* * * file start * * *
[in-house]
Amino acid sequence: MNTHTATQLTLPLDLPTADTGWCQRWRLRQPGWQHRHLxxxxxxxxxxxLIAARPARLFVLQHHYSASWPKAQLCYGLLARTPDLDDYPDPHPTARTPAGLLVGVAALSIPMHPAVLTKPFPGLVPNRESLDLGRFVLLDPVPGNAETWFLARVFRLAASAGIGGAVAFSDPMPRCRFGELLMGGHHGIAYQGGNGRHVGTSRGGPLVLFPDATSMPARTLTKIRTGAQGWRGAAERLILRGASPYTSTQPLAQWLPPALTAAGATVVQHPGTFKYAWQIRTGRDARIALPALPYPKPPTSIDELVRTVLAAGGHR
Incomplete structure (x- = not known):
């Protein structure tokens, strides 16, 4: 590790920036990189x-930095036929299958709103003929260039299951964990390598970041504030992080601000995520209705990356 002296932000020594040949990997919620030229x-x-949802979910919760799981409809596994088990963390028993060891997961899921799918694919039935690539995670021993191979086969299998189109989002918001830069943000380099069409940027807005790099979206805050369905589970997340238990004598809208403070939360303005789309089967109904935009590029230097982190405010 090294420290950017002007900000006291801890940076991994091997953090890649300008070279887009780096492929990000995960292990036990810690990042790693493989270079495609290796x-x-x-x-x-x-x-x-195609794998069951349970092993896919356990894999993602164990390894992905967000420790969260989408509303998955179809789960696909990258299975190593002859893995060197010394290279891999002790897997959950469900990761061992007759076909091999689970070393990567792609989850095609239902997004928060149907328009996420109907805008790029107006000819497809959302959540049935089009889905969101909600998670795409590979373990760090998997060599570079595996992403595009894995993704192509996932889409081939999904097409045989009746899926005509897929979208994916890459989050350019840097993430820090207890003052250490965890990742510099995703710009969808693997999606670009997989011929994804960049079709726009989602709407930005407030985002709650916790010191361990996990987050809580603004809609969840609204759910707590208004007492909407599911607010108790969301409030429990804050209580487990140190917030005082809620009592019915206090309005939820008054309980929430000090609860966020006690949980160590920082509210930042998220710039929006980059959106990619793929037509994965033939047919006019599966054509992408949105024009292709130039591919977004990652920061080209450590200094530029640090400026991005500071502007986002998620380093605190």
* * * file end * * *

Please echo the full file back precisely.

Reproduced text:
[in-house]
Amino acid sequence: MNTHTATQLTLPLDLPTADTGWCQRWRLRQPGWQHRHLxxxxxxxxxxxLIAARPARLFVLQHHYSASWPKAQLCYGLLARTPDLDDYPDPHPTARTPAGLLVGVAALSIPMHPAVLTKPFPGLVPNRESLDLGRFVLLDPVPGNAETWFLARVFRLAASAGIGGAVAFSDPMPRCRFGELLMGGHHGIAYQGGNGRHVGTSRGGPLVLFPDATSMPARTLTKIRTGAQGWRGAAERLILRGASPYTSTQPLAQWLPPALTAAGATVVQHPGTFKYAWQIRTGRDARIALPALPYPKPPTSIDELVRTVLAAGGHR
Incomplete structure (x- = not known):
């Protein structure tokens, strides 16, 4: 590790920036990189x-930095036929299958709103003929260039299951964990390598970041504030992080601000995520209705990356 002296932000020594040949990997919620030229x-x-949802979910919760799981409809596994088990963390028993060891997961899921799918694919039935690539995670021993191979086969299998189109989002918001830069943000380099069409940027807005790099979206805050369905589970997340238990004598809208403070939360303005789309089967109904935009590029230097982190405010 090294420290950017002007900000006291801890940076991994091997953090890649300008070279887009780096492929990000995960292990036990810690990042790693493989270079495609290796x-x-x-x-x-x-x-x-195609794998069951349970092993896919356990894999993602164990390894992905967000420790969260989408509303998955179809789960696909990258299975190593002859893995060197010394290279891999002790897997959950469900990761061992007759076909091999689970070393990567792609989850095609239902997004928060149907328009996420109907805008790029107006000819497809959302959540049935089009889905969101909600998670795409590979373990760090998997060599570079595996992403595009894995993704192509996932889409081939999904097409045989009746899926005509897929979208994916890459989050350019840097993430820090207890003052250490965890990742510099995703710009969808693997999606670009997989011929994804960049079709726009989602709407930005407030985002709650916790010191361990996990987050809580603004809609969840609204759910707590208004007492909407599911607010108790969301409030429990804050209580487990140190917030005082809620009592019915206090309005939820008054309980929430000090609860966020006690949980160590920082509210930042998220710039929006980059959106990619793929037509994965033939047919006019599966054509992408949105024009292709130039591919977004990652920061080209450590200094530029640090400026991005500071502007986002998620380093605190």